Throughout Hemingway’s career as a writer, he maintained that it was bad luck to talk about writing—that it takes off “whatever butterflies have on their wings and the arrangement of hawk’s feathers if you show it or talk about it.”
Despite this belief, by the end of his life he had done just what he intended not to do. In his novels and stories, in letters to editors, friends, fellow artists, and critics, in interviews and in commissioned articles on the subject, Hemingway wrote often about writing. And he wrote as well and as incisively about the subject as any writer who ever lived…
This book contains Hemingway’s reflections on the nature of the writer and on elements of the writer’s life, including specific and helpful advice to writers on the craft of writing, work habits, and discipline. The Hemingway personality comes through in general wisdom, wit, humor, and insight, and in his insistence on the integrity of the writer and of the profession itself.
—From the Preface by Larry W. Phillips
Topics: Literary Criticism, Informative, Writing, Creativity, American Author, and Male Author
In spite of that impact, Hemingway was not often open to discussing the mechanics of his art. In an effort to correct that apparent deficiency, Larry Phillips, the editor of On Writing, collected from Hemingway’s writings—from his novels, letters, and interviews—fragments where, over the years, Hemingway did broach what might be viewed as his theories of art in general and his own ideas about writing in particular. There are chapters that collect Hemmingway’s thoughts and counsels about a variety of topics related to his wiring and to the creative process. Among them:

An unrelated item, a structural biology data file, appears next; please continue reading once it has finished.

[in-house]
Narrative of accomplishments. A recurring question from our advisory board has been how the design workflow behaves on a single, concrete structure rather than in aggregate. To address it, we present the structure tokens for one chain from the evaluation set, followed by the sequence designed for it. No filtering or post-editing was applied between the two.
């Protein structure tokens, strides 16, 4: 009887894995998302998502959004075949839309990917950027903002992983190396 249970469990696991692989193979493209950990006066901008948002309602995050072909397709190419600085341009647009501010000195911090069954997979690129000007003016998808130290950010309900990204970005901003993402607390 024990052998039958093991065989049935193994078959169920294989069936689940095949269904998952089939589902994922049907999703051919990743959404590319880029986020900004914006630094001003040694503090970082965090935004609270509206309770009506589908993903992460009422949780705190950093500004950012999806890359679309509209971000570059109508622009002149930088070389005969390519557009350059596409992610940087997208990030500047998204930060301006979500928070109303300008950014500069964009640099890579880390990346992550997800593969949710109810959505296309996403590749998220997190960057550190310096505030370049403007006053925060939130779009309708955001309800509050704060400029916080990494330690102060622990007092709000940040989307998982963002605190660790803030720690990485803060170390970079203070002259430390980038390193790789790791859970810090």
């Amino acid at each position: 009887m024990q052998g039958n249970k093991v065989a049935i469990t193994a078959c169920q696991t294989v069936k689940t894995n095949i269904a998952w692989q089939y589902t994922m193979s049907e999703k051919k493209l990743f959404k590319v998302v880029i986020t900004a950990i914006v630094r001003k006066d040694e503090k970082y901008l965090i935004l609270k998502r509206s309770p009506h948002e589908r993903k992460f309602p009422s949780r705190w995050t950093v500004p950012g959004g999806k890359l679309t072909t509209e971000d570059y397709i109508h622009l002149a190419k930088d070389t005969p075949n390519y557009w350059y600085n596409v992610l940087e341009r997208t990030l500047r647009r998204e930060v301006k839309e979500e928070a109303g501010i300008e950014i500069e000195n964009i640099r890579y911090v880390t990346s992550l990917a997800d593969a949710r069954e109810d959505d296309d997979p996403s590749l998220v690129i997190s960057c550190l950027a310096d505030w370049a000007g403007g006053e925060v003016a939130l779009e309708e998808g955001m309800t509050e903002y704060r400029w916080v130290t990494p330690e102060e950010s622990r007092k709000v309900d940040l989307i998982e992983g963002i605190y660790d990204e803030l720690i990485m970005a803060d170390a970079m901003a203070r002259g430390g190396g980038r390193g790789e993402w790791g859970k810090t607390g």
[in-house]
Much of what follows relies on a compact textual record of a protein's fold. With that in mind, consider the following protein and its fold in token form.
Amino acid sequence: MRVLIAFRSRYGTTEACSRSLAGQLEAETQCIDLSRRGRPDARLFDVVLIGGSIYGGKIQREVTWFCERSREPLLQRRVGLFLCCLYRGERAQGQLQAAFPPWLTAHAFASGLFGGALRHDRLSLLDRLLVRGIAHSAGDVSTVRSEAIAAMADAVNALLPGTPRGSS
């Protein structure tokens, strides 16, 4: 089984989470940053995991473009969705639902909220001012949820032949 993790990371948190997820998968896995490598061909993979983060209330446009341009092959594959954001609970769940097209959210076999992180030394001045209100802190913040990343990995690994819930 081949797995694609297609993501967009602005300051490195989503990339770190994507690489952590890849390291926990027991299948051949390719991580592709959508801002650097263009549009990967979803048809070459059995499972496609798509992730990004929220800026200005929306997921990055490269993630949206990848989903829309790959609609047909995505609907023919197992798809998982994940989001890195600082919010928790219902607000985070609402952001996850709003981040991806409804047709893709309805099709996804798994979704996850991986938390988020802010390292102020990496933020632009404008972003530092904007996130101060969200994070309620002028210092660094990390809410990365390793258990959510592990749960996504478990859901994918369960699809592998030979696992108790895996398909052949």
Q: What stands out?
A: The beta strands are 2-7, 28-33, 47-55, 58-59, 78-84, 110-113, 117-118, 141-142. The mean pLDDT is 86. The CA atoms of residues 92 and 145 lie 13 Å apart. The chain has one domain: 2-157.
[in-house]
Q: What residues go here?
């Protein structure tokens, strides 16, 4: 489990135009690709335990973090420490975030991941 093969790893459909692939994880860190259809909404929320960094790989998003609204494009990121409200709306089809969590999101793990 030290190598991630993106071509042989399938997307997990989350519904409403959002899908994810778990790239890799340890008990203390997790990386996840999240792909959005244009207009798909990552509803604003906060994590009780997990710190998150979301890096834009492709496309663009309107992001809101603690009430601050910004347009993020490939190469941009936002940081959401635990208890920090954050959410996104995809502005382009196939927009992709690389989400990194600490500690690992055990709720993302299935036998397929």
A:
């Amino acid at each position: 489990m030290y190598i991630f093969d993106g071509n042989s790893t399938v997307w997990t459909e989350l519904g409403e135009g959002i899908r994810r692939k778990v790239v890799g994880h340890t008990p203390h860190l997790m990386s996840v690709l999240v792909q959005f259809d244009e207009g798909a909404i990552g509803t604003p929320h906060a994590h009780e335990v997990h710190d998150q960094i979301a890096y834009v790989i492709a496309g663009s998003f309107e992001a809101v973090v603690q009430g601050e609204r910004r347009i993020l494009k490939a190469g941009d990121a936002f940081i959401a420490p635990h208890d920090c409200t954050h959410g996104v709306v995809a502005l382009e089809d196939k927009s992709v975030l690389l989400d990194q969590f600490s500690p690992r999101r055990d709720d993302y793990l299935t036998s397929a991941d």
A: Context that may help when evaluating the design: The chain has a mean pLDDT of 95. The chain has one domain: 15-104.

What Writing Is and Does
The Qualities of a Writer
The Pain and Pleasures of Writing
What to Write About
Advice to Writers
Knowing What to Leave Out
The Writer’s Life
The thin volume, given its objective, does have some value. Although the fragments reveal little about the Hemingway style that is not spelled out in his major novels, published letters and secondary studies, it does collect in one place some of what is scattered. Phillips includes for example, his 1949 note to Charles Scribner: “A writer, of course, has to make up stories for them to be rounded and not flat like photographs. But he makes them up put of what he knows.” [p.21] And he also includes the section in “Death in the Afternoon” where he talks about the “Iceberg Theory”:
If a writer of prose knows enough about what he is writing about he may omit things that he knows and the reader, if the writer is writing truly enough, will have a feeling of those things as strongly as though the writer had stated them. The dignity of movement of an ice-berg is due to only one-eighth of it being above water. A writer who omits things because he does not know them only makes hollow places in his writing. [p.177]
But is seems to me that the greatest utility of the volume is that it continues to milk the Hemingway name, raising additional money for Hemingway’s heirs, publisher and managers.